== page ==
I just wanted to give you a few takeaways from the day, none of which are edible – I’m sorry…

The first of our guest speakers was Lesley Roe, Data Protection Officer from the IET. Lesley spoke about what the IET are doing to get ready for GDPR. They hold a vast amount of personal data, and given that they are advising their membership on all manner of related things, they need to lead by example. Key points from her presentation are:

  • GDPR is about giving people more control over their personal data. Every day we share an extraordinary amount of personal data with all manner of organisations, and this data is valuable. GDPR is about ensuring we retain the rights to that value. What it is processed for, how can process it, how its retained/deleted once its useful life has expired.
  • Everyone has a part to play and training of staff & staff awareness are paramount. This, however, is no mean feat.
  • The process of data governance, and the education of that process throughout the organisation, will be the only way to fully comply with the regulation. How do the IET classify old & new data? How do they manage the lifecycle of the data? How do they make sure they are only obtaining, using and retaining the data they need and have consent for?
  • None of this, however, is possible without first knowing what personal data is within your organisational context, and where it lives.
  • Much of the thinking around GDPR will be a huge shift in the mindset of organisations today. Companies just do not think about their data assets and their responsibility for that data in the spirit of the regulation at all.

Our next two speakers were from two of our technology partners, VMWare and Palo Alto Networks. Things to remember here:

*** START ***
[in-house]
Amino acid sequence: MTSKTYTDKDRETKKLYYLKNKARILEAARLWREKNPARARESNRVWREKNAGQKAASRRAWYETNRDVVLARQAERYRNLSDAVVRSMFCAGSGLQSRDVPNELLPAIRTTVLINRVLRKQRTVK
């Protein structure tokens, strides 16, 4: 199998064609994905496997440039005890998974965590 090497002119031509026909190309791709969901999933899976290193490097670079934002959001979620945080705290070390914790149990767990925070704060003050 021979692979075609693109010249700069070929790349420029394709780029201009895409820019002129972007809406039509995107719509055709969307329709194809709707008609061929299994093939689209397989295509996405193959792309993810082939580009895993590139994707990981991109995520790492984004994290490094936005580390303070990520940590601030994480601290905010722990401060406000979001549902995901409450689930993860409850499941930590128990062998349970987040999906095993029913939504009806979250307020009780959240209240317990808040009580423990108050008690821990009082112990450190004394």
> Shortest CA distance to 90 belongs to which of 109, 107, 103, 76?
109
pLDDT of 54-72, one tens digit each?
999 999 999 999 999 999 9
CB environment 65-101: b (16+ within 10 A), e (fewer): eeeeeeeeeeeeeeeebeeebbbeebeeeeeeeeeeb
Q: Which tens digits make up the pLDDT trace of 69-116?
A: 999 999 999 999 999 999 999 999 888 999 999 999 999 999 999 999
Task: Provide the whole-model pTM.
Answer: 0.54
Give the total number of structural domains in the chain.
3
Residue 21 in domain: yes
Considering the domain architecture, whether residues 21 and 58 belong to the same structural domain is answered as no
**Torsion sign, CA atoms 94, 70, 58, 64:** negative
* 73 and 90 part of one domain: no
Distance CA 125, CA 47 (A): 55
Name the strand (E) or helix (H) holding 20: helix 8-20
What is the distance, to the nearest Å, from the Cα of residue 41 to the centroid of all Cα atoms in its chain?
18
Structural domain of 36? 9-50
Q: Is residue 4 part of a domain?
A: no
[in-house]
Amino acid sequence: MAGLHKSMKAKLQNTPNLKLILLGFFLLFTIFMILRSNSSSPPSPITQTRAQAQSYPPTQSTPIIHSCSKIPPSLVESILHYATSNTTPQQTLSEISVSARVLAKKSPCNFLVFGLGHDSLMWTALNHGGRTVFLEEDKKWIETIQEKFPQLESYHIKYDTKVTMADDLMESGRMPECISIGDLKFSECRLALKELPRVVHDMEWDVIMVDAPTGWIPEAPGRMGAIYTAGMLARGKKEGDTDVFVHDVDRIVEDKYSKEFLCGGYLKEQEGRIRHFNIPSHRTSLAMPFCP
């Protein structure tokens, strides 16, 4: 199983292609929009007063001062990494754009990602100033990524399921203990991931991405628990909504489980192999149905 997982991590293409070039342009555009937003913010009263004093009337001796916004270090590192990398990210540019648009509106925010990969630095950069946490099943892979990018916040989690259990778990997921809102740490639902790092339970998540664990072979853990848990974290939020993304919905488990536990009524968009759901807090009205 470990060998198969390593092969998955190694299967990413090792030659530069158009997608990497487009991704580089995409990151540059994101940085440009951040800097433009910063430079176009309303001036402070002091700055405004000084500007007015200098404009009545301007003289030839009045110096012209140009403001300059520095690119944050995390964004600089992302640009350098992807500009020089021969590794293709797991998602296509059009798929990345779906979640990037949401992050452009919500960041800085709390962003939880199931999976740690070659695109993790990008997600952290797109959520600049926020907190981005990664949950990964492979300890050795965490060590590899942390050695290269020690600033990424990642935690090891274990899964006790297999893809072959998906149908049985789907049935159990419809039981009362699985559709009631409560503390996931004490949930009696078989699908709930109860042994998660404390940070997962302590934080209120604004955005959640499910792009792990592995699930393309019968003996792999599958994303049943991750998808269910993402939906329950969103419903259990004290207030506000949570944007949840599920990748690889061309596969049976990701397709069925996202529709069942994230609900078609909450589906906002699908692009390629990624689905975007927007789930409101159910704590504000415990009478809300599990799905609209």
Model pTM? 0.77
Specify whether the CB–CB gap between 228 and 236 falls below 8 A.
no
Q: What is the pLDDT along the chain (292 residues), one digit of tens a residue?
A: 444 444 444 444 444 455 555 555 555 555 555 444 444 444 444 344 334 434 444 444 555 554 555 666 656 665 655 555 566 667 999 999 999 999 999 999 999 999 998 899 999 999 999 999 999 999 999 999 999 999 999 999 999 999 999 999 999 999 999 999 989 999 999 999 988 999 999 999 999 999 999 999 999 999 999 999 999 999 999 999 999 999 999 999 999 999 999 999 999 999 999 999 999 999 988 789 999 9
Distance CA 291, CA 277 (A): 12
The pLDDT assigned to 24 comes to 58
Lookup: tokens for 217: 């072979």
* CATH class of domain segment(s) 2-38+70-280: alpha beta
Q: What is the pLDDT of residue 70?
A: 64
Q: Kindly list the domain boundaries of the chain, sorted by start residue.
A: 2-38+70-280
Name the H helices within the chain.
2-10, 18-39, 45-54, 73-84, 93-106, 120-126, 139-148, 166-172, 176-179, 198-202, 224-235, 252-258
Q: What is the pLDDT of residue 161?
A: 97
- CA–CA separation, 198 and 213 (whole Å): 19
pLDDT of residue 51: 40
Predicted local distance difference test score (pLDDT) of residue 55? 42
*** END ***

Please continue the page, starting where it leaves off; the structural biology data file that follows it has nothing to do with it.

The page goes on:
• Technology, without a doubt, has a part to play in ensuring compliance. The regulators are far more savvy to what the art of the possible is in the security market, and they will be expecting organisations to leverage technologies within reach of budgets and according to exposure to best mitigate any risks to rights of individuals.
  • The ability to prevent, detect and report on the nature and extent of any breaches will be very important. Technologies will be needed to prove that organisations can do this effectively and efficiently, especially in the face of stringent reporting requirements.
  • State of the art will really mean state of the art. Regulators will be assessing how organisations are using the best possible mix of technologies to minimise both exposure to risk, and impact of any breach if/when they should occur.

The last presentation was from Ed Charvet and his guest star Ian De Frietas. Ian is part of the alliance we have with legal experts BLP. The joint value proposition Ed and Ian spoke about is what I believe makes us entirely unique in this space: